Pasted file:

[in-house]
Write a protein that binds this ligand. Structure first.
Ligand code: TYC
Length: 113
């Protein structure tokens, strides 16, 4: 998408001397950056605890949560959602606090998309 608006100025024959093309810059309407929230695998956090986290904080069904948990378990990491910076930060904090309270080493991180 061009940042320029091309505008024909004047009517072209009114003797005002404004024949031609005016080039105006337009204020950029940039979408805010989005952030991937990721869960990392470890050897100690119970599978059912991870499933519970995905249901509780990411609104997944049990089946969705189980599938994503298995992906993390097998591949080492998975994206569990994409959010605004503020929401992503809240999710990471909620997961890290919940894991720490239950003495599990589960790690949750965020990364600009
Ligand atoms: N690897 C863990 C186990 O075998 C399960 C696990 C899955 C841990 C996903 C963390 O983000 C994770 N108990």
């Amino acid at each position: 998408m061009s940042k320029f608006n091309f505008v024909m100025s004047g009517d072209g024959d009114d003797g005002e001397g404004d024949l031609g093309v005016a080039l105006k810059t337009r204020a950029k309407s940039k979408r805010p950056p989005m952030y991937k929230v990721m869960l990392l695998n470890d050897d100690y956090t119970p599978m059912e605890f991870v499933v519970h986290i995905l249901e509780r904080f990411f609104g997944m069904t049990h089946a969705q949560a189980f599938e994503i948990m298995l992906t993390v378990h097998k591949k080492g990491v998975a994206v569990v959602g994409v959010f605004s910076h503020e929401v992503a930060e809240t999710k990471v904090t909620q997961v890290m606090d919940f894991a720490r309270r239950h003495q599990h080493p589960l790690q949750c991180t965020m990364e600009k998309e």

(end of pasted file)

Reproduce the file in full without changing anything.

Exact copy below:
[in-house]
Write a protein that binds this ligand. Structure first.
Ligand code: TYC
Length: 113
């Protein structure tokens, strides 16, 4: 998408001397950056605890949560959602606090998309 608006100025024959093309810059309407929230695998956090986290904080069904948990378990990491910076930060904090309270080493991180 061009940042320029091309505008024909004047009517072209009114003797005002404004024949031609005016080039105006337009204020950029940039979408805010989005952030991937990721869960990392470890050897100690119970599978059912991870499933519970995905249901509780990411609104997944049990089946969705189980599938994503298995992906993390097998591949080492998975994206569990994409959010605004503020929401992503809240999710990471909620997961890290919940894991720490239950003495599990589960790690949750965020990364600009
Ligand atoms: N690897 C863990 C186990 O075998 C399960 C696990 C899955 C841990 C996903 C963390 O983000 C994770 N108990």
């Amino acid at each position: 998408m061009s940042k320029f608006n091309f505008v024909m100025s004047g009517d072209g024959d009114d003797g005002e001397g404004d024949l031609g093309v005016a080039l105006k810059t337009r204020a950029k309407s940039k979408r805010p950056p989005m952030y991937k929230v990721m869960l990392l695998n470890d050897d100690y956090t119970p599978m059912e605890f991870v499933v519970h986290i995905l249901e509780r904080f990411f609104g997944m069904t049990h089946a969705q949560a189980f599938e994503i948990m298995l992906t993390v378990h097998k591949k080492g990491v998975a994206v569990v959602g994409v959010f605004s910076h503020e929401v992503a930060e809240t999710k990471v904090t909620q997961v890290m606090d919940f894991a720490r309270r239950h003495q599990h080493p589960l790690q949750c991180t965020m990364e600009k998309e």